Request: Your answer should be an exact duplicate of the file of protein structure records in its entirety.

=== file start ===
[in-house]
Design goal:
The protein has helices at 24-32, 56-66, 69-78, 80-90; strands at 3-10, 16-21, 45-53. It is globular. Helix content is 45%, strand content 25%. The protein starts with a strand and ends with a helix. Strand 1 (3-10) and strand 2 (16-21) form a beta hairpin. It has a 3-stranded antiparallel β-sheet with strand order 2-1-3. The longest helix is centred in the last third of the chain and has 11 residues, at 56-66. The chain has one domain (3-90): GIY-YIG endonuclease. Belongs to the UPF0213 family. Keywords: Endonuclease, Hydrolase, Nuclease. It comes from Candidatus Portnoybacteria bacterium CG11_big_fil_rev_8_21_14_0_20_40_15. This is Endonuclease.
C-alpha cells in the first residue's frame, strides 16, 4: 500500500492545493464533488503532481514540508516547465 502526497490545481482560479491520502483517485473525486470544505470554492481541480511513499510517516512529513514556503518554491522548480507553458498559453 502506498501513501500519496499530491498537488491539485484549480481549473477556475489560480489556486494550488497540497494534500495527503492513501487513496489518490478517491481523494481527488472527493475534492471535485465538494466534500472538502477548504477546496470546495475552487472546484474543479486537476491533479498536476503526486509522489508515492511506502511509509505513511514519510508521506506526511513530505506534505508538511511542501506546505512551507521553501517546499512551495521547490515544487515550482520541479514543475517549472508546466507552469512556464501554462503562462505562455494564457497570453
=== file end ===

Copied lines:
[in-house]
Design goal:
The protein has helices at 24-32, 56-66, 69-78, 80-90; strands at 3-10, 16-21, 45-53. It is globular. Helix content is 45%, strand content 25%. The protein starts with a strand and ends with a helix. Strand 1 (3-10) and strand 2 (16-21) form a beta hairpin. It has a 3-stranded antiparallel β-sheet with strand order 2-1-3. The longest helix is centred in the last third of the chain and has 11 residues, at 56-66. The chain has one domain (3-90): GIY-YIG endonuclease. Belongs to the UPF0213 family. Keywords: Endonuclease, Hydrolase, Nuclease. It comes from Candidatus Portnoybacteria bacterium CG11_big_fil_rev_8_21_14_0_20_40_15. This is Endonuclease.
C-alpha cells in the first residue's frame, strides 16, 4: 500500500492545493464533488503532481514540508516547465 502526497490545481482560479491520502483517485473525486470544505470554492481541480511513499510517516512529513514556503518554491522548480507553458498559453 502506498501513501500519496499530491498537488491539485484549480481549473477556475489560480489556486494550488497540497494534500495527503492513501487513496489518490478517491481523494481527488472527493475534492471535485465538494466534500472538502477548504477546496470546495475552487472546484474543479486537476491533479498536476503526486509522489508515492511506502511509509505513511514519510508521506506526511513530505506534505508538511511542501506546505512551507521553501517546499512551495521547490515544487515550482520541479514543475517549472508546466507552469512556464501554462503562462505562455494564457497570453